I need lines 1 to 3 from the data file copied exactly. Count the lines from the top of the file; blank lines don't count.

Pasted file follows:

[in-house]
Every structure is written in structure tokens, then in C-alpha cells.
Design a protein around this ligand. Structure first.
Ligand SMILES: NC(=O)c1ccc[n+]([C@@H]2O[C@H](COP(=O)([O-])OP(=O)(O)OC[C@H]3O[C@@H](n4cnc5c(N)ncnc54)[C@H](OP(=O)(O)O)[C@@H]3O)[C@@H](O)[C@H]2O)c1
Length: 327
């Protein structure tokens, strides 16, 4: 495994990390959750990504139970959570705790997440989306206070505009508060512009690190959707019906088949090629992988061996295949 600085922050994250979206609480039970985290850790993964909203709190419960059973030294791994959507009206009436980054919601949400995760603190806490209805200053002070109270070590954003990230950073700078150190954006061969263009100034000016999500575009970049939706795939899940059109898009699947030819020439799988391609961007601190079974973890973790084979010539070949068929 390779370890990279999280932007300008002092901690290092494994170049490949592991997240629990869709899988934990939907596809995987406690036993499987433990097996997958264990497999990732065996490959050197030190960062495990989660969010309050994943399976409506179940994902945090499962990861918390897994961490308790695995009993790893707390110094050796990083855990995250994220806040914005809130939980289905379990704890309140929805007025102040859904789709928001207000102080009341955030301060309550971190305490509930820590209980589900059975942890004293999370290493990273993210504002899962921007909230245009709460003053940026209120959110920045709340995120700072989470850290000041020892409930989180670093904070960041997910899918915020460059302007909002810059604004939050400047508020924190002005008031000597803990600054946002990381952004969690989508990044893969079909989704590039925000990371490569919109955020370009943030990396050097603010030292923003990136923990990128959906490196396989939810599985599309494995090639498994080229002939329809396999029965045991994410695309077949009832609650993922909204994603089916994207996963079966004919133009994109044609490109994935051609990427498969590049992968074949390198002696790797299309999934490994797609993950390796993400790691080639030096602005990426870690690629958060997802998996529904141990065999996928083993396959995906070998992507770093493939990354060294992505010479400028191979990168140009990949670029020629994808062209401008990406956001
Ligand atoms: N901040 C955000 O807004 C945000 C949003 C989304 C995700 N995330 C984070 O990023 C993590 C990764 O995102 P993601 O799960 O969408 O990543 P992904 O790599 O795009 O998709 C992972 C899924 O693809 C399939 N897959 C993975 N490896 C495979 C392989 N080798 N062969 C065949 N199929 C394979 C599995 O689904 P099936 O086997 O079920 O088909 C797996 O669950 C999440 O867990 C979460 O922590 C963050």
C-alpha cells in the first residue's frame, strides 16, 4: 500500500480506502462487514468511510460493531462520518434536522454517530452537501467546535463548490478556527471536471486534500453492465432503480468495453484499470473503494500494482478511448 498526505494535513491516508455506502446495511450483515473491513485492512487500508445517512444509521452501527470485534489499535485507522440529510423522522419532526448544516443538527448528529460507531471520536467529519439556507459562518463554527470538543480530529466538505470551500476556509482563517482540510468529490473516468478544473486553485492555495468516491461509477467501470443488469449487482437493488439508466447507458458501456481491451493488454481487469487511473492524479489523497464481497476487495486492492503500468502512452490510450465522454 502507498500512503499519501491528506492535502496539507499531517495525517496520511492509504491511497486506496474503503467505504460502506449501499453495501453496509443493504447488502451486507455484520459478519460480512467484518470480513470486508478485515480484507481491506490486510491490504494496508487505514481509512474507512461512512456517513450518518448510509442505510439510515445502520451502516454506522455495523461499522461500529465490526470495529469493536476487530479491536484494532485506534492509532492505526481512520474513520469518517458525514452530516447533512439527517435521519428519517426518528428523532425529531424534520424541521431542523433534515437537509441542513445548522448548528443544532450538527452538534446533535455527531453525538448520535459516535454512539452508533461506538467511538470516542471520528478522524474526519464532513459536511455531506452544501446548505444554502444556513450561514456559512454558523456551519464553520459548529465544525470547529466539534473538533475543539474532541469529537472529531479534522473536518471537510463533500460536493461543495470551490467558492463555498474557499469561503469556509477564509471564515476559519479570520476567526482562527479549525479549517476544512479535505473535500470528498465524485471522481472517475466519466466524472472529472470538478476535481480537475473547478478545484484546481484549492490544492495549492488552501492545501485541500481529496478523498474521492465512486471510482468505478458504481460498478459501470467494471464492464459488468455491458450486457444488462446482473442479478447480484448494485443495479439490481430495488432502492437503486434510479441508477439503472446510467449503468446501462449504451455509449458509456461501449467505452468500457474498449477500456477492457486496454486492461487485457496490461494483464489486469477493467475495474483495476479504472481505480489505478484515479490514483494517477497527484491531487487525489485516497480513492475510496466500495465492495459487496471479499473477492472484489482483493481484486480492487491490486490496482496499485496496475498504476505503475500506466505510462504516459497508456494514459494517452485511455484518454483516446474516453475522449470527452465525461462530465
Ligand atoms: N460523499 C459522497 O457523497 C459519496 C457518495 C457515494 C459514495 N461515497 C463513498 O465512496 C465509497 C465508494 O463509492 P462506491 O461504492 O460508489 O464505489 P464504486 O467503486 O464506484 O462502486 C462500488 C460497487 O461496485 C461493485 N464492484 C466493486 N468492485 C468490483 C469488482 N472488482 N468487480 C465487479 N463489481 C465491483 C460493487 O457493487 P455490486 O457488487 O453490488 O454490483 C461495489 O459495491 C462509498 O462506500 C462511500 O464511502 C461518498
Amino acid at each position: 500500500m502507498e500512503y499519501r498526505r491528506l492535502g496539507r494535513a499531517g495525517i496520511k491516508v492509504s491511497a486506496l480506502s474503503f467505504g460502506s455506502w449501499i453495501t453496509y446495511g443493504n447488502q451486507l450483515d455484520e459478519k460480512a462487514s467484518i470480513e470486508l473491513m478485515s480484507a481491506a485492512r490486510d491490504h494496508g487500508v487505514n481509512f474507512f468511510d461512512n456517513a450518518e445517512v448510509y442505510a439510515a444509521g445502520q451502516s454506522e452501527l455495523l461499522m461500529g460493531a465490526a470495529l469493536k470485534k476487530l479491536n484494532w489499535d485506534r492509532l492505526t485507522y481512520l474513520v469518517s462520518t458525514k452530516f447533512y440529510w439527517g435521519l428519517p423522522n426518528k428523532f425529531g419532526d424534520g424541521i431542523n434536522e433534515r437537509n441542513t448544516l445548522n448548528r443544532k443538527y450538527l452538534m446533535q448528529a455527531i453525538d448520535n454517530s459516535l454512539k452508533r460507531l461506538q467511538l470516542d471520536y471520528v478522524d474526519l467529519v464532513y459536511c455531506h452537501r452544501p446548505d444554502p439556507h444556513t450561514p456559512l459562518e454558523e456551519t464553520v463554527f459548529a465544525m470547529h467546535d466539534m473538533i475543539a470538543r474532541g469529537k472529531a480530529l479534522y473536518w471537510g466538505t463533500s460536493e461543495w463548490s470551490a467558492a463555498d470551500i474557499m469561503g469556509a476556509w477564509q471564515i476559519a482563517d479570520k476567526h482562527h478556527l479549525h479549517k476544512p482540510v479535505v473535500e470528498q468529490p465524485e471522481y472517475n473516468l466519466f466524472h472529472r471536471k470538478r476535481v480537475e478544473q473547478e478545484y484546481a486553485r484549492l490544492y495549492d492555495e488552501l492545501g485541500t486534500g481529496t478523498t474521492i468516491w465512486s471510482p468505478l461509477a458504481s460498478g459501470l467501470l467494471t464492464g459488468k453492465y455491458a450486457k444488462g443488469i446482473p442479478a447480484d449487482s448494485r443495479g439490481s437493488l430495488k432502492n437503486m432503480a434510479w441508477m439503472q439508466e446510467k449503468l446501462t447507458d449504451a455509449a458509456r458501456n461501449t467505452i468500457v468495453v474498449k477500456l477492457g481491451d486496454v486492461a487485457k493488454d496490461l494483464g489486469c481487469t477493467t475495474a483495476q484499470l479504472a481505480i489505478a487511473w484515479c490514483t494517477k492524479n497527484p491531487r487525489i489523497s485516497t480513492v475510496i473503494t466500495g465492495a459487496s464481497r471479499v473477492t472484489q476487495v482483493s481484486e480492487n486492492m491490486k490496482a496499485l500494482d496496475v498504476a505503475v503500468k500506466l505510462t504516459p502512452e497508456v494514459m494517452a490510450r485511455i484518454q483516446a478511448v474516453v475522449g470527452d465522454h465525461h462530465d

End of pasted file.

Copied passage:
[in-house]
Every structure is written in structure tokens, then in C-alpha cells.
Design a protein around this ligand. Structure first.